Friday, 26 December 2008

Music to Play Games By

Apropos of nothing: albums for gaming sessions, broken up by genre.


The Predator - Ice Cube. One of hip hop's best albums. Released just after the Rodney King riots, it's all about alienation, violence and anger: "Nobody I know got killed in South Central LA/Today was a good day." You don't get much more Night City than that.

Blue Lines - Massive Attack. The whole thing is infused with urban angst and underlaid with weird, unfocused tension, from the sinister dub of Five Man Army ("Money money money.../The Root of All Evil") to the driving minimalism of Lately ("Summertime always gives me the blues...")

Rhythm and Stealth - Leftfield. An hour of brutal breakbeats and trip-hop to build up an atmosphere of impending, then breaking, doom.

Post Apocalypse

Organisation - Orchestral Manouevres in the Dark. Not just for the opening track, Enola Gay ("Enola Gay/Is mother proud of Little Boy today?/Oh this kiss you give/is never ever going to fade away"), which is perfect for obvious reasons. The album also has a nicely muted, vaguely menacing feel to it - just right for when the bomb has fallen.

High - The Blue Nile. An hour of sparse, melodic background swell, with just enough painful emotion to prevent comfort from settling in.

Beyond Skin - Nitin Sawhney. Like 'Organisation' this one has tracks written explicitly about nuclear war (the final track begins with a sample of Edward Murrow reading Now I Am Become Death, and two others were written as responses for the successful test explosions in India in the late '90s) but even if that weren't the case, the mournful, elegaic feel would be a fine backdrop for a session of Mutant Future.


The Rite of Spring - Igor Stravinsky. It could equally have been The Firebird, but this just pips it as Stravinksy's best, I think - and there was never a more fantastical composer, except perhaps for Sibelius. This is a frenzied, dark, brooding masterpiece for a gritty Lord of the Rings style game. And don't mention the Disney version.

Adore - The Smashing Pumpkins. Not their best by a long shot, but still a great, weird, gothic album for a session of dark fantasy gaming.

Peer Gynt - Edvard Grieg. So well known it's almost a cliche, but it captures the feel of a fantastical adventure perfectly - with In the Hall of the Mountain King the highlight.

Urban Fantasy

Superunknown - Soundgarden. A rock classic, with just a twist of darkness.

Showtime - Dizzee Rascall. Not as raw as the debut but much better for it, this is the sound of Britain in the 2000s - antsy, uncomfortable, frenetic, cocky.

Cole's Corner - Richard Hawley. A gorgeous, lush, night time record which evokes dark cafes looking out onto busy winter streets.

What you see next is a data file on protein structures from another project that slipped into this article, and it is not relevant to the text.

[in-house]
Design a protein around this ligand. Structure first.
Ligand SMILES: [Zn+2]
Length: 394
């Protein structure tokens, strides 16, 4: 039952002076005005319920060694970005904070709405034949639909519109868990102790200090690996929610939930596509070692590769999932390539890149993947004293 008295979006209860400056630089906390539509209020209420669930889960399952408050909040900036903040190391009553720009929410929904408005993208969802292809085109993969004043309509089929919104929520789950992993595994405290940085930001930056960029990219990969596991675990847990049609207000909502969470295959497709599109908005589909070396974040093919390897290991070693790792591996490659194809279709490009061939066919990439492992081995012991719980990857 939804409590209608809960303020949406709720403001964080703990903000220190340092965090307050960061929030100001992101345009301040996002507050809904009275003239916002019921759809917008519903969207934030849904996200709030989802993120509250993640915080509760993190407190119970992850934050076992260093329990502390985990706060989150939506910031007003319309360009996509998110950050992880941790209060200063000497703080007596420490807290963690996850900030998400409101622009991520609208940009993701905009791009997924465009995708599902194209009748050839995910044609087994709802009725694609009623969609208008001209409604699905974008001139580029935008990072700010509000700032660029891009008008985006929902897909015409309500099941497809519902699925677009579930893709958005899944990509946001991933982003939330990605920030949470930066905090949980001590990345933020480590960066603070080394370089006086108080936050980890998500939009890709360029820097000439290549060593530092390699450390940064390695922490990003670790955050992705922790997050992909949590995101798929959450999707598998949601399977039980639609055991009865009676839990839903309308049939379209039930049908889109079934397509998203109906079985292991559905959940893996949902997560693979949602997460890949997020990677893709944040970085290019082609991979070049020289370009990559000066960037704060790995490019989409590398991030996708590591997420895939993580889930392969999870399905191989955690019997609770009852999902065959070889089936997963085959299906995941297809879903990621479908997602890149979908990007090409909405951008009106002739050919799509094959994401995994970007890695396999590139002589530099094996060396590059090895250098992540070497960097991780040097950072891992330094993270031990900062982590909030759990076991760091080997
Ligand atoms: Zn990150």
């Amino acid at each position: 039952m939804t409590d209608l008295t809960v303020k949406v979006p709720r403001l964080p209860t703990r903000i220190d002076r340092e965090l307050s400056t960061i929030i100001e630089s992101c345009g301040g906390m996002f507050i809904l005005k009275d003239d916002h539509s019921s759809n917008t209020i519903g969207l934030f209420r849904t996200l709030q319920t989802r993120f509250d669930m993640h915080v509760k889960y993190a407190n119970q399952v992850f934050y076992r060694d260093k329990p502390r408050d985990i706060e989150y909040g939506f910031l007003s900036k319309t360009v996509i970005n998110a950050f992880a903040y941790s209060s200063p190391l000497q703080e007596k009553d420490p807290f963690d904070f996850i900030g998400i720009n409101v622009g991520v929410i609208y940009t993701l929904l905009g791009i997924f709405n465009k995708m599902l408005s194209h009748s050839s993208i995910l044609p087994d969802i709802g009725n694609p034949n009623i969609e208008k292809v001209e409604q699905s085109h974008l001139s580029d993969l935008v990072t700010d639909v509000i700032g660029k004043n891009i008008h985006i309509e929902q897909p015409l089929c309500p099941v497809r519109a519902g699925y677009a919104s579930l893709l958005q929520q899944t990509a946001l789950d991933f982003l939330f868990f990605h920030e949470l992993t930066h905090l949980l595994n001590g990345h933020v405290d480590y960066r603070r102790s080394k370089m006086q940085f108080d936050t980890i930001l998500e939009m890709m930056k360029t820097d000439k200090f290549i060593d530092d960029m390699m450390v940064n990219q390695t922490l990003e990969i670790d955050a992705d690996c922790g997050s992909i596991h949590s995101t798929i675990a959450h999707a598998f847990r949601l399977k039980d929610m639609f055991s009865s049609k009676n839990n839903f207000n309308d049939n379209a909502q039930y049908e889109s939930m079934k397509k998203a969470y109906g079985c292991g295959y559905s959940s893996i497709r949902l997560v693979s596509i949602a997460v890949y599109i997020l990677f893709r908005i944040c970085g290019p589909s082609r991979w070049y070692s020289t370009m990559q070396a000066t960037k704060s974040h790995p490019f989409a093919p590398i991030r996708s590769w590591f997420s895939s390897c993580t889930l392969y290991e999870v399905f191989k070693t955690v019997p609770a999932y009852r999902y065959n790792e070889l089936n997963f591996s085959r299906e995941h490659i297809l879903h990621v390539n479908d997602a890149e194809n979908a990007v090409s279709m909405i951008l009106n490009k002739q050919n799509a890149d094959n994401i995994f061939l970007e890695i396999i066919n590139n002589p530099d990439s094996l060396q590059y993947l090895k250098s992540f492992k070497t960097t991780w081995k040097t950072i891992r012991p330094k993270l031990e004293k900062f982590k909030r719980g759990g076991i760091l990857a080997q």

1. Good list, Noisms! I'd add in the first Tricky record, "Maxinquaye," for cyperpunk, and Burial's "Untrue" could work for cyberpunk, urban fantasy, maybe even modern horror.

    As far as p-a music, OMD's a great choice out of left field -- "Dazzle Ships" and "Architecture & Morality" could work too. However, for some reason I lean toward free-ish jazz: Sun Ra, Sonny Sharrock, 70s Miles Davis.

    Been meaning to thank you for the Superior Scribbler props. That was very much appreciated. Hoping to do a bit of writing over my holiday break, so maybe I'll have a new post or two up.

  2. Thanks for putting me on to Leftfield, noisms - I'll check them out. How about 'Unknown Pleasures' by Joy Division for post-apocalyptic? The world is disintegrated...

  3. I know you said not to mention it, but Fantasia's take on Rite of Spring just makes it more awesome by dint of adding the greatest of all living things: Dinosaurs.

    More to the point, a favorite method of mine is to cobble together a few pieces from the soundtracks of games that have the appropriate feel (less well-known ones, of course. I'd never use, say, the Legend of Zelda theme in a fantasy game).

  4. I want to, I've tried but music during games doesn't work for me. I find it too distracting, start listen to it instead of the players.

    I do play music during prep while everyone is arriving and getting setup, it's a good mood setter.

  5. Fantasy: Conan the Barbarian soundtrack. I know the movie was cheesy but the music was awesome!

  6. Max: I like Tricky but always preferred Massive Attack. I love Tricky's version of Black Steel in the Hour of Chaos though.

    Viriconium: You might know Leftfield already from the Guiness advert, with the surfers, of a few years back. That track is from Rhythm and Stealth.

    Rach: Disney actually changed the Rite of Spring quite a bit for Fantasia. Stravinsky was mightily pissed off. Check out the 'real' version if you get the chance!

    Norman: I can see that. I think it depends on the group, and it's why you need background-type tracks, preferably without lyrics I think. That's why classical and chill-out dance/trip-hoppy stuff works well.

    Anonymous: Very good choice!

  7. Stravinsky and Sibelius are excellent choices.

    Might I recommend Bartok's Concerto for Orchestra, Music for Strings, Percussion and Celesta, and his six String Quartets. Messiaen's vingt regards. Stravinsky's Symphony of Psalms. The horrific Bruckner Fifth Symphony...

  8. For fantasy, especially dungeon adventuring: Dargaard. The genre is dark ambient or darkwave. It is mostly instrumental with some chanting.

    For occult gaming: Arcana. It has a sinister, magical feel.

    Ambient in general is good.